Railway traffic has not been without problems this summer. Railway traffic was disrupted by, for example, prolonged track work at Midsummer. In early August, a cable failure caused by vandalism was the reason for delayed trains. Both cases were regrettable and caused a great deal of damage to train traffic.
However, every cloud has a silver lining. We learn from mistakes to avoid similar disturbances in the future.
“We already have various ways to prepare for possible setbacks in work done during track service interruptions. For example, there are usually spare machines for machinery critical to the work site. In future track work, the Finnish Transport Infrastructure Agency will pay more attention to keeping to schedules, preparing for surprises and providing information when problems arise,” says Markku Nummelin, Railway Traffic Director at the Finnish Transport Infrastructure Agency.
Challenges of single-track railway lines
The Finnish railway network, which is approximately 5,900 kilometres long, consists largely of single-track lines. If the track is blocked for one reason or another – and there is no way around the problem – a bottleneck is created. This has been the case when, for example, the electrified railway network or the rolling stock have suffered damage on single-track lines. It is possible to remedy single-track bottlenecks by, for example, building more bypass points, but these solutions are very expensive.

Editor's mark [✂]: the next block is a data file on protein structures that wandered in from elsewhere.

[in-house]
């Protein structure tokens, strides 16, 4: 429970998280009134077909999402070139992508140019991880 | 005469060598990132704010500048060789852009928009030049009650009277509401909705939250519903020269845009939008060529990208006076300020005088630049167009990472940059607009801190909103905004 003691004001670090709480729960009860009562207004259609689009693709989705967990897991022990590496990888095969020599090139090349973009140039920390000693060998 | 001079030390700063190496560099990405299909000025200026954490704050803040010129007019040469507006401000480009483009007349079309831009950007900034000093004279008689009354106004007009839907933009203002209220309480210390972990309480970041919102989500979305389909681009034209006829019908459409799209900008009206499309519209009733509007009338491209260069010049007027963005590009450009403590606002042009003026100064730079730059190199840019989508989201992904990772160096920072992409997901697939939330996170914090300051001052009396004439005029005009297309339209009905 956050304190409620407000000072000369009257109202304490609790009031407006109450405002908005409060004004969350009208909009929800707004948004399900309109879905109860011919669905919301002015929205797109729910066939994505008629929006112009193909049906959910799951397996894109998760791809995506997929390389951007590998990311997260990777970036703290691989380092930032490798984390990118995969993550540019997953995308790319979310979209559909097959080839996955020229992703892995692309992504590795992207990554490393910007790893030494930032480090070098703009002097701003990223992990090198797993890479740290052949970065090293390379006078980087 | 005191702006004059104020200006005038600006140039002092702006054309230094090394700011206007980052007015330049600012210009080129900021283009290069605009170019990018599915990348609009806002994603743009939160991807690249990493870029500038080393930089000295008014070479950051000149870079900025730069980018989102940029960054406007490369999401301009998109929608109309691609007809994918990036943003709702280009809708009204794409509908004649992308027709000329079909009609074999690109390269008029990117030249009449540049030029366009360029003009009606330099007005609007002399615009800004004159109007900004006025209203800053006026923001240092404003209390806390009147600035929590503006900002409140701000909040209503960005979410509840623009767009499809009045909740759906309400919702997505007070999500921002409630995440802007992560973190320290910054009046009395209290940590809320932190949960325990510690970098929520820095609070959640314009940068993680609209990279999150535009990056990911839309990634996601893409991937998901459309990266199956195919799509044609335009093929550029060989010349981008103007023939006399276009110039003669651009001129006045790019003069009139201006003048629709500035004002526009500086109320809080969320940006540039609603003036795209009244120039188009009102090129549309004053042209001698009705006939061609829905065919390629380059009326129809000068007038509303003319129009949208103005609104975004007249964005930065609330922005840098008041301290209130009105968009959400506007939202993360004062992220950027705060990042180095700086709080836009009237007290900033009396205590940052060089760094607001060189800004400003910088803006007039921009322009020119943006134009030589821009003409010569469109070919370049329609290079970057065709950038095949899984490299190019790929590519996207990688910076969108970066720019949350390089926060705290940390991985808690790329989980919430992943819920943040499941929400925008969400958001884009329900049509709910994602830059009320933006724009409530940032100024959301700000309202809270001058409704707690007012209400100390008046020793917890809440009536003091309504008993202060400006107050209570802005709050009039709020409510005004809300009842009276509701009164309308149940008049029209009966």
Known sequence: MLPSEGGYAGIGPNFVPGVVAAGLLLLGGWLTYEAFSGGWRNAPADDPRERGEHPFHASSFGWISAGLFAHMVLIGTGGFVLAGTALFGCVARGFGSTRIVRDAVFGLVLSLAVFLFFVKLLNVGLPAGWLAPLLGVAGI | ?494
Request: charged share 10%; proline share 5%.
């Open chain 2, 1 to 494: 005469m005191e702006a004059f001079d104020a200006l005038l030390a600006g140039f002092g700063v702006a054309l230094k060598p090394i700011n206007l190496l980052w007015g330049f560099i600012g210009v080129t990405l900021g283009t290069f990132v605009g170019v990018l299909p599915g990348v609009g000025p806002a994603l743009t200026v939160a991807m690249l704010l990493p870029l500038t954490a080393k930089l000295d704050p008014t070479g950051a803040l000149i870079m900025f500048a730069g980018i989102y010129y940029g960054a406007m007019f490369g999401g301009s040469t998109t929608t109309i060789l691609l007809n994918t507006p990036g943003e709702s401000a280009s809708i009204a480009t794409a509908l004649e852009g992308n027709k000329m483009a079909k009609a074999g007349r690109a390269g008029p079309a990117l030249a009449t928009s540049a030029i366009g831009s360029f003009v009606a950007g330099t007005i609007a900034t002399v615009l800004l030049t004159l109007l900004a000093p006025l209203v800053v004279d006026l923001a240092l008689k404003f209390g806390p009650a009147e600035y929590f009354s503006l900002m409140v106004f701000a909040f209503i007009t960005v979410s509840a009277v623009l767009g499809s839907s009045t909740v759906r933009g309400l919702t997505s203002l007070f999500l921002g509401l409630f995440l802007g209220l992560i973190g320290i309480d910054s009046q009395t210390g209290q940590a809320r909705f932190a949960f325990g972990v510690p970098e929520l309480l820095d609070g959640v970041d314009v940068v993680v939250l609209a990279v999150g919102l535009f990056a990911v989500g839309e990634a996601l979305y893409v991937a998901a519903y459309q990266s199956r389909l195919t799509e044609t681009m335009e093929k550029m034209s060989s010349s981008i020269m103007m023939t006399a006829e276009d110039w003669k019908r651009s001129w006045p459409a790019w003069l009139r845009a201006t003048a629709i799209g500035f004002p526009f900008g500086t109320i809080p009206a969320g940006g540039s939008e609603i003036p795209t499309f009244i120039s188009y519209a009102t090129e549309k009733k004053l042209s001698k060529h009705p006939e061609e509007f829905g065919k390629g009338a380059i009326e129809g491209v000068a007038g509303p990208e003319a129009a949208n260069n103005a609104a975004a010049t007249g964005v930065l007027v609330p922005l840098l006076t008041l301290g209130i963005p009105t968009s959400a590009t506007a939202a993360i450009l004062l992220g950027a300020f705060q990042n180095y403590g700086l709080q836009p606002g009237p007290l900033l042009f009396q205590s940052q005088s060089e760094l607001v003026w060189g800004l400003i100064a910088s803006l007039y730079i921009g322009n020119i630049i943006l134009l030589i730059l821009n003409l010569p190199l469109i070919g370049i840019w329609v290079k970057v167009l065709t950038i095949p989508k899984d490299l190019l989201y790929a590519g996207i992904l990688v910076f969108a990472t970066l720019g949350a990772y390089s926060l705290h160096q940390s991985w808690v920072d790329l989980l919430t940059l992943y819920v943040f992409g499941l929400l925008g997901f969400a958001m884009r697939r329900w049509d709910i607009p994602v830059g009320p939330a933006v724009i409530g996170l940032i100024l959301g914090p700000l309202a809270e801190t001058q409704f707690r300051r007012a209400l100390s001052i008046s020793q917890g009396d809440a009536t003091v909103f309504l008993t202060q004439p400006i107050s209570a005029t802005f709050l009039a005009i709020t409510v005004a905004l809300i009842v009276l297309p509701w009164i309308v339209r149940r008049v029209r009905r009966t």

“The section between Kokkola and Ylivieska was congested for a long time, as southern and northern train traffic met there. We made traffic between the cities more efficient by building a double track, which was completed in 2017. The tracks are at a great lateral distance from each other. As a result of the project, trains can now encounter each other more easily, the capacity of railway traffic grew considerably and operational reliability improved,” Nummelin explains.
“For a long time, the section between Kokkola and Ylivieska was a bottleneck where southern and northern train traffic met. As a result of the project completed in 2017, trains can now encounter each other more easily, the capacity of railway traffic grew considerably and operational reliability improved,” Nummelin explains.
Finland still has several areas where a single-track line hinders train traffic. For example, the line between Luumäki and Joutseno is often congested due to the high volume of raw timber transportation. There is also a shortage of bypass points on the Savo and Karelia lines.
Congested railway lines
There may also be congestion on multi-track sections if there is a lot of traffic. Busy railway lines have less room for manoeuvre in case of problems, and arranging the interruptions required for maintenance is difficult. For example, the section between Helsinki and Kerava is currently congested, especially for long-distance trains. The planned Lentorata airport railway would contribute to solving this problem. No decisions have been made on the implementation of the project.
Of course, some problems have also been corrected over time.
“The project to improve the functionality and efficiency of the Helsinki railway yard was completed last year. In the project, the Finnish Transport Infrastructure Agency built more turnouts and junction lines at the Helsinki railway yard. We also improved safety equipment and reduced signal intervals. As a result of these changes, the Helsinki railway yard is less sensitive to disruptions and has more room for trains to travel than before. This benefits all railway traffic in Finland,” Nummelin says.